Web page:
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Pravin Gordhan: My spine is still very straight

Oct 14 2016 15:26
Liesl Peyper

Cape Town - The political mischief he has been subjected to in the past year will be found in any political party formation in society, said Finance Minister Pravin Gordhan on Friday. 

“But the question is who ultimately wants justice in South Africa? It’s about which cause is the right cause,” Gordhan told delegates of the Thomson Reuters Africa Summit held in Cape Town through Skype. 

A composed and relaxed Gordhan addressed the audience for about 15 minutes before he responded to questions posed to him by Reuters editor-at-large Axel Threlfall.

In his opening remarks, Gordhan said rating agencies reviewing South Africa’s sovereign credit rating at year-end would ultimately want to see milestones being reached and progress made. 

READ: Gordhan says he will do all he can to fight 'frivolous' fraud charges

“So I’m saying to many detractors: join us in saving South Africa and in creating a better economy, ensuring that these reform, restructuring and transformation processes work – whether in relation to labour stability or reforms of our state-owned entities. I’m sure we’ll come out with models of governance that will assure the observers and critics that we are making progress.” 

Threlfall’s first question to Gordhan was how he was holding up, considering the charges brought against him by the Hawks earlier in the week. 

“Oh, my spine is still very straight,” Gordhan said. “My generation are activists of the movement of Mandela, Sisulu, Kathrada, Slovo and many others. And this gives one the sense of what is right and just at any one point in time, and to continue to do what is necessary to promote justice and social justice. But more importantly, to stand up against injustice. That continues to inspire tens of thousands of activists in this country.” 

Threlfall then asked Gordhan how confident he is that South Africa would stave off a ratings downgrade. 

Gordhan responded by saying government has listened carefully, and the answer that will be given in the mini budget on October 26 is that the country is sticking to its fiscal targets.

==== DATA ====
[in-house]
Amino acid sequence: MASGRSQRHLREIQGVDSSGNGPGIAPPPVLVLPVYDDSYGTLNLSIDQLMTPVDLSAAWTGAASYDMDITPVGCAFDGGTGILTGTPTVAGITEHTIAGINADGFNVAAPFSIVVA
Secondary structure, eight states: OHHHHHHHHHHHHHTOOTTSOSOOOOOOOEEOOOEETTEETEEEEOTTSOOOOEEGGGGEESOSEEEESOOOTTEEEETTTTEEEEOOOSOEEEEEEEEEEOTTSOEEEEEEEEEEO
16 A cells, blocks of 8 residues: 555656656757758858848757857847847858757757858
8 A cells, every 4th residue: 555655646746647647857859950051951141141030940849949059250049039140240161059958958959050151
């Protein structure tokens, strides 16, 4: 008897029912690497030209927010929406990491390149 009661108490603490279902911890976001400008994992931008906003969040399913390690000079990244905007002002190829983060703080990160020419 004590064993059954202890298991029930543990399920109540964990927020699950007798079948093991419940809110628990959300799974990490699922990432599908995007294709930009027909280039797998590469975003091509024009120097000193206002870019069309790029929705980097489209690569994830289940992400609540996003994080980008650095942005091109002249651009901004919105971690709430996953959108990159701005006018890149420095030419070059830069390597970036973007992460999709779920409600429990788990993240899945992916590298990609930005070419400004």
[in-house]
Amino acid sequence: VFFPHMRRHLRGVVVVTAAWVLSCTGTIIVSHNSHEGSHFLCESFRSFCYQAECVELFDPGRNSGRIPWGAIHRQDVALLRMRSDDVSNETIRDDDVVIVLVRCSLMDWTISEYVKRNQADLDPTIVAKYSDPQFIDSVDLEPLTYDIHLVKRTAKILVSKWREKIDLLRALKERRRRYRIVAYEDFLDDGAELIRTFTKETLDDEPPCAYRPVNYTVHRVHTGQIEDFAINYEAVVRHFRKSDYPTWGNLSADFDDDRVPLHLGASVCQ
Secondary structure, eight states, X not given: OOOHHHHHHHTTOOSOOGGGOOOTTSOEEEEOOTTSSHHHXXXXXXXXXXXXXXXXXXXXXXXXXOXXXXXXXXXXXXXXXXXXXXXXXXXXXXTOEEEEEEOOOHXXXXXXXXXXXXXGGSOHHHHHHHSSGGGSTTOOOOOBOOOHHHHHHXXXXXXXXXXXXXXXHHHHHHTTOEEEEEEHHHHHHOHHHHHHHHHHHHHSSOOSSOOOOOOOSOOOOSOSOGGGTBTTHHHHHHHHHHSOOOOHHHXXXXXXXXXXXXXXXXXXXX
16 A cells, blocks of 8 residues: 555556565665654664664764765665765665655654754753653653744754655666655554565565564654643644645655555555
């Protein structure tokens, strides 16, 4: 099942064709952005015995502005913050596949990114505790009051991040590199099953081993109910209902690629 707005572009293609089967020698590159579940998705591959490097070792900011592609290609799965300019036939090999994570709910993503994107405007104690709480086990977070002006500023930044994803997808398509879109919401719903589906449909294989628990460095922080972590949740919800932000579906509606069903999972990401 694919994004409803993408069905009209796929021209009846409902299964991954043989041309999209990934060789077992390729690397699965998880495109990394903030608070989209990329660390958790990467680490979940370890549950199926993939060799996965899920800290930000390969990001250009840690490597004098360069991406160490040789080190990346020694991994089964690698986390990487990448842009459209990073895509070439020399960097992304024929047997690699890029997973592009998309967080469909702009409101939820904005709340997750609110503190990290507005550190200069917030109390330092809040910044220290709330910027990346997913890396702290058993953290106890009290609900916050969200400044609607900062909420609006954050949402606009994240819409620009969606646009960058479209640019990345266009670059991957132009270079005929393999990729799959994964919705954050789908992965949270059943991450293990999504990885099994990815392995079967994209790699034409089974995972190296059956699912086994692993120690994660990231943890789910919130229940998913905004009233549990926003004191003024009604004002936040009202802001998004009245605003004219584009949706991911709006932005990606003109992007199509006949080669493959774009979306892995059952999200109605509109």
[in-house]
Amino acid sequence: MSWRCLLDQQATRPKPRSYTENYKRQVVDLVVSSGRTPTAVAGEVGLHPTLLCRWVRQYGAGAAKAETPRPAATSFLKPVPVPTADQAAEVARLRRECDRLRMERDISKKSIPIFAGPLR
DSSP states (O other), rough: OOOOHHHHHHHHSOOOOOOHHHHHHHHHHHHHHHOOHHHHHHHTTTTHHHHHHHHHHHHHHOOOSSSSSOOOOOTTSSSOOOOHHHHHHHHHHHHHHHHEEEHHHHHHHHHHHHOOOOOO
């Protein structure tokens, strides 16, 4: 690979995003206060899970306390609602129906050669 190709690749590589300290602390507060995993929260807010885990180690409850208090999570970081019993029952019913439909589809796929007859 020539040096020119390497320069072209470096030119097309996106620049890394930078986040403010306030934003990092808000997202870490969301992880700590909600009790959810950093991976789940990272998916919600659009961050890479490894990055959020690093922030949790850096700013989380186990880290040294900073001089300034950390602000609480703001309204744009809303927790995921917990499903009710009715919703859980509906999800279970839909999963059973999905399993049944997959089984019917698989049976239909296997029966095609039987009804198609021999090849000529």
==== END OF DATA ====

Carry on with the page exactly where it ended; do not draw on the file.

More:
“Ratings agencies are going to ask this, as well as whether there’s enough coherence among the critical mass in government and society that will generate confidence and growth to move in the right direction. And to all these questions I can answer in the affirmative.” 

Gordhan was subsequently asked about the kind of feedback he is getting about South Africa from the overseas community. 

“People who have been in contact with other emerging markets are saying you in South Africa have a lot going for you,” he responded. “We should work and build on that. There’s also a lot of interest in the joint initiative of labour, government and business. And I think South African leaders in all sections need to know we already have a foundation we can build on, and strengthen it.

“The disagreements we can deal with later, but right now we should present a united front,” Gordhan added.

Asked if the charges against him are testing his loyalty towards the ANC, Gordhan said: “Not at all. I’ve been an ANC-associated person for 45 years. And there are many like me - even those who go beyond that.” 

Gordhan said in any country there are “opportunistic elements” that would use the word transformation to mean “benefit for me – the individual”. 

“But the ANC has always been the champion for all South Africans, but even more so the ANC is the undying champion of the poor in South Africa.” 

Threlfall’s parting shot to Gordhan was whether he thinks he will be finance minister in January next year, even if South Africa gets an investment downgrade. 

“If I don’t get alternative instructions, I’m here to stay,” Gordhan concluded to loud applause from the audience. 

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